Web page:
## From regression to dynamic linear model: GLD, NEM, and GSPC

June 5, 2014 by zulfahmed

One of the more annoying issues for analytics of futures is the fact that the futures contracts have to be rolled. Fortunately, the gold ETF GLD has continuous returns. Then there are some strong and well-known empirical relations between the commodity and gold mining companies as well as the stock market. We can obtain the data using the quantmod library in R and obtain a basic regression relation (these are contemporaneous data):

lm(formula = GLD.R$GLD.Close ~ NEM.R$NEM.Close + GSPC.R$GSPC.Close +

DJPRE1$DBAA)

Residuals:

Min 1Q Median 3Q Max

-0.070574 -0.004731 0.000132 0.005388 0.063796

Coefficients:

Estimate Std. Error t value Pr(>|t|)

(Intercept) 0.0008786 0.0005083 1.728 0.0841 .

NEM.R$NEM.Close 0.3772582 0.0088180 42.783 <2e-16 ***

GSPC.R$GSPC.Close -0.1871526 0.0163548 -11.443 <2e-16 ***

DJPRE1$DBAA -0.0002857 0.0003686 -0.775 0.4384

—

Signif. codes: 0 ‘***’ 0.001 ‘**’ 0.01 ‘*’ 0.05 ‘.’ 0.1 ‘ ’ 1

Residual standard error: 0.009365 on 1850 degrees of freedom

(13 observations deleted due to missingness)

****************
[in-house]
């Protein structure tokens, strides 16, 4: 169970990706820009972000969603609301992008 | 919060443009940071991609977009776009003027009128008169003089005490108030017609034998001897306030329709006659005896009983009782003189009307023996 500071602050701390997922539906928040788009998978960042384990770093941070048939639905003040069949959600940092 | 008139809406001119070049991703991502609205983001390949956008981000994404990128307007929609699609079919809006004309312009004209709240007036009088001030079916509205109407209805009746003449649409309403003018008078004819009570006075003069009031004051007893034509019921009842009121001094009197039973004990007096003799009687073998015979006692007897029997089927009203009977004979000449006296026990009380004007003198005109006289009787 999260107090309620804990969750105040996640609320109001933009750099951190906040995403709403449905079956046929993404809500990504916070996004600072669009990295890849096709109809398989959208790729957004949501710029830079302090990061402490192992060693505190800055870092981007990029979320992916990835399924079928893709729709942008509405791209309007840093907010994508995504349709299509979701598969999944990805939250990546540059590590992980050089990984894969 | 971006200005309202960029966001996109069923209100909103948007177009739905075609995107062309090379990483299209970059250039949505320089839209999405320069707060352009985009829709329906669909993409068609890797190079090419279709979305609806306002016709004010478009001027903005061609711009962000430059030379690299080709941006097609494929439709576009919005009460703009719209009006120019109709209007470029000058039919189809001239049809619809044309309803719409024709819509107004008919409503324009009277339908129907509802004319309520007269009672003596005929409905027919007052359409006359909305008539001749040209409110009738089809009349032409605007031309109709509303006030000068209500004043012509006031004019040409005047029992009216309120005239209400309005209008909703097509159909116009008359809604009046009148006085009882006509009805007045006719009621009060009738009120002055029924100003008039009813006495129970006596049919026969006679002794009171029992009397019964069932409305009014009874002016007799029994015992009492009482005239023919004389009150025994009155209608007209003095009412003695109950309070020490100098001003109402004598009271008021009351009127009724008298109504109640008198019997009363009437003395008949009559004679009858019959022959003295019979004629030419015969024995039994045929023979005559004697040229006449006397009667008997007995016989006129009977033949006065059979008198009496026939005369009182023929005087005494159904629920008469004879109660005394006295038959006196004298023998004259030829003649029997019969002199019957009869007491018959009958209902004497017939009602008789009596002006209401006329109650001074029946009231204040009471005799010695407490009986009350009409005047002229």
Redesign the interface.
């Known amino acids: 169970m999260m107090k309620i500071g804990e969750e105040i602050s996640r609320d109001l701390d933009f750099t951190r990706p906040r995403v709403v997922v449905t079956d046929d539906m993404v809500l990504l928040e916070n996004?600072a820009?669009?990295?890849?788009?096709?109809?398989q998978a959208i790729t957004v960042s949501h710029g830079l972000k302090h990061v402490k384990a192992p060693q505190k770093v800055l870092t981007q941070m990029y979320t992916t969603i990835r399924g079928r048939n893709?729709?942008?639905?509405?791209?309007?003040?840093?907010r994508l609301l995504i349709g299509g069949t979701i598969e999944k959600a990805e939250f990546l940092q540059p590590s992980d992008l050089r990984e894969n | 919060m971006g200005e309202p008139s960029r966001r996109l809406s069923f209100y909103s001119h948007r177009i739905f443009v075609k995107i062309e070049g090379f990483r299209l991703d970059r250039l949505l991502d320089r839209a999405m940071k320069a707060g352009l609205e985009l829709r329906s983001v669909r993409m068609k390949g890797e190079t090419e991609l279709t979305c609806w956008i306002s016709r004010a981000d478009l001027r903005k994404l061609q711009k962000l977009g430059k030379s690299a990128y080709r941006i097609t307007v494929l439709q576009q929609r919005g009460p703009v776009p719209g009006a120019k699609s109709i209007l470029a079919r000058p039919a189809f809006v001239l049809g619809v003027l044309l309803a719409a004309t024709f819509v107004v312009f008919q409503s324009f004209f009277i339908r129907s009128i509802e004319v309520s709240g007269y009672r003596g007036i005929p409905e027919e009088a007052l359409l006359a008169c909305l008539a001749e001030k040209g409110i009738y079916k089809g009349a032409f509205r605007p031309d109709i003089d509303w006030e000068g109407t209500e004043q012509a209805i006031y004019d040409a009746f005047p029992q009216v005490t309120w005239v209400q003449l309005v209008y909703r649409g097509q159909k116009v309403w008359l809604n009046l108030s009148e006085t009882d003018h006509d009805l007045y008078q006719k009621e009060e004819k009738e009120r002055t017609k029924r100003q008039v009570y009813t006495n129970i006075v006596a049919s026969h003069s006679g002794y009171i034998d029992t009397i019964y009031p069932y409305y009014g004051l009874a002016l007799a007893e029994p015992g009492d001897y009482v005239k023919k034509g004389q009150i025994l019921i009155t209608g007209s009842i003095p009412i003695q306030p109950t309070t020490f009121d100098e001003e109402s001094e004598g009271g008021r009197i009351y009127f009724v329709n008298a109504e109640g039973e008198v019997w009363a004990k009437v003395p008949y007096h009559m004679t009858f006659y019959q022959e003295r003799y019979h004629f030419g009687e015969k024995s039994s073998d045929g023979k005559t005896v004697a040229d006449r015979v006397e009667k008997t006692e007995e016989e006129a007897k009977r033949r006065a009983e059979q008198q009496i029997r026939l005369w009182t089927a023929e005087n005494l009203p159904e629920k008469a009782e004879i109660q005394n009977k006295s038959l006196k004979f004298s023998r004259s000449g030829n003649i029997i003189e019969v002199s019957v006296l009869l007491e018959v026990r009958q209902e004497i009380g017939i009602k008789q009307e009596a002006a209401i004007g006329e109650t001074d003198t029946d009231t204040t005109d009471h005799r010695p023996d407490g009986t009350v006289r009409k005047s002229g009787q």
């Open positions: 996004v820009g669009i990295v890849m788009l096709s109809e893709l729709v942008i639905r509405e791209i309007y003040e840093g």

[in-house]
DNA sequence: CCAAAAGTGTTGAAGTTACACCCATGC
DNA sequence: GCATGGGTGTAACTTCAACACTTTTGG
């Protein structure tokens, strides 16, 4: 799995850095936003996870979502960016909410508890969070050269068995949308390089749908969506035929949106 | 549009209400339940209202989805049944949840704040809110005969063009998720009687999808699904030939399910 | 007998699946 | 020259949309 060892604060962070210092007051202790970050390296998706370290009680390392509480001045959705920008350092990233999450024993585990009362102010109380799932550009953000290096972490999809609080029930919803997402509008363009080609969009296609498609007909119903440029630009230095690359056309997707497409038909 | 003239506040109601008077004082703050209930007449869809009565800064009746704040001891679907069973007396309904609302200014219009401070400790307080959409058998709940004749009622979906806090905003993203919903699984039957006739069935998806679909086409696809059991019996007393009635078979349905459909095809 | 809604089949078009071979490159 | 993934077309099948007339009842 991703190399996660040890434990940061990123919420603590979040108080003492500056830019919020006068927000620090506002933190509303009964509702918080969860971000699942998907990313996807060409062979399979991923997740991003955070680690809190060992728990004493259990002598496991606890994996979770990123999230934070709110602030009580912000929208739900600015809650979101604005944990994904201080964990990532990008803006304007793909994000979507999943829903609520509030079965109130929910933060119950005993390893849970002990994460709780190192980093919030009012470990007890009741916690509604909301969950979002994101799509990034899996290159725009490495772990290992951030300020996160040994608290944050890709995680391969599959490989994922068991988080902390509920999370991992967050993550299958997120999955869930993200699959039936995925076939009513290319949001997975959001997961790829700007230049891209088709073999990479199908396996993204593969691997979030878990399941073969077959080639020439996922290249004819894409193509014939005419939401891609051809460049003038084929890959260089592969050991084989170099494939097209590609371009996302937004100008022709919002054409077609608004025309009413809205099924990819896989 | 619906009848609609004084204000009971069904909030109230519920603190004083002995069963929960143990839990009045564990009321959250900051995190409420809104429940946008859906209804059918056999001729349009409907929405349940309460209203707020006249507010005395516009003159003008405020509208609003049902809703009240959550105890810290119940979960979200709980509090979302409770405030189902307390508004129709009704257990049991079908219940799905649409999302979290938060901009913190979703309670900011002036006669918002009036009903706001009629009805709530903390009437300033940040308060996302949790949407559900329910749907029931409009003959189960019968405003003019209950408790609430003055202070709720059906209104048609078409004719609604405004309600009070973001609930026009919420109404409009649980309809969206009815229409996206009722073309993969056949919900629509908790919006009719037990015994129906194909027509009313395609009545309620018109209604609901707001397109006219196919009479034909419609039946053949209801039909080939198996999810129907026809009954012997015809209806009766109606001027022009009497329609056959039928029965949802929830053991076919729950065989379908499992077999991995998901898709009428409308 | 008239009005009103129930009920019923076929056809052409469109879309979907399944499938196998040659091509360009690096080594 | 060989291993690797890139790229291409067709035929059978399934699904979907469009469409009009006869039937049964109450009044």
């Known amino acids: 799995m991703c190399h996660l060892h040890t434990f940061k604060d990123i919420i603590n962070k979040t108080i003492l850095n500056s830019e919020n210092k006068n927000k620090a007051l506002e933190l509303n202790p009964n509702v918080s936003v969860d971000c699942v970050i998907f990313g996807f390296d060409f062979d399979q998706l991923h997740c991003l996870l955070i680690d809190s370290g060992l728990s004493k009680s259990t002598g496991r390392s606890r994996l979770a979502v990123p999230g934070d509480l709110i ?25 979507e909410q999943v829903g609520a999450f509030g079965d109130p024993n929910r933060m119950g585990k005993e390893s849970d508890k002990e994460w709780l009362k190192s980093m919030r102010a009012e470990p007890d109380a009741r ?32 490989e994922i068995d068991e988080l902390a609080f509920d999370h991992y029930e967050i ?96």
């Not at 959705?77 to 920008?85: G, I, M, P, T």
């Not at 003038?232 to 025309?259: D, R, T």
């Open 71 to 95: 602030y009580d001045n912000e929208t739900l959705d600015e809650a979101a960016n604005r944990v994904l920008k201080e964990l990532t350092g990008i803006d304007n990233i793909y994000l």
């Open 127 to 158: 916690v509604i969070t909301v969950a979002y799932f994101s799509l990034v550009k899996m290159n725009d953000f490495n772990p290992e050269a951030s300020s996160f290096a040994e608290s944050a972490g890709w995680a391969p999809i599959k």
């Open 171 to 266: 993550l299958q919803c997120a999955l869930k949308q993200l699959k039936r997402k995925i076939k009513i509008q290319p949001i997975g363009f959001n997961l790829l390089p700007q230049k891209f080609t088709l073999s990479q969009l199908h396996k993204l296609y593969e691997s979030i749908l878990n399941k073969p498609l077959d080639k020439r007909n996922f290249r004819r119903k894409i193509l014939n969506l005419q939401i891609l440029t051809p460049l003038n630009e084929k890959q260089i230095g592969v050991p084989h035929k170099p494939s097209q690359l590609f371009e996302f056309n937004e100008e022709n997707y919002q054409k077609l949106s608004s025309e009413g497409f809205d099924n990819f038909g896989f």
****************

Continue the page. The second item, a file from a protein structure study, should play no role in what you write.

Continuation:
Multiple R-squared: 0.4996, Adjusted R-squared: 0.4988

F-statistic: 615.7 on 3 and 1850 DF, p-value: < 2.2e-16

So we can see clearly some strong relations, with an R-squared close to 0.5. A natural question is what happens when we consider a dynamic linear regression model instead. The general form of such models is:

It is useful to consider what might be a reasonable way to consider the generalization to the linear regression model above. An obvious sort of choice might be to set where and is computed from the linear regression. Then we might just set and . A bit of thought shows that this will yield something equivalent to the linear regression model. So we might next consider a slightly more interesting extension and insert a stochastic volatility factor into .

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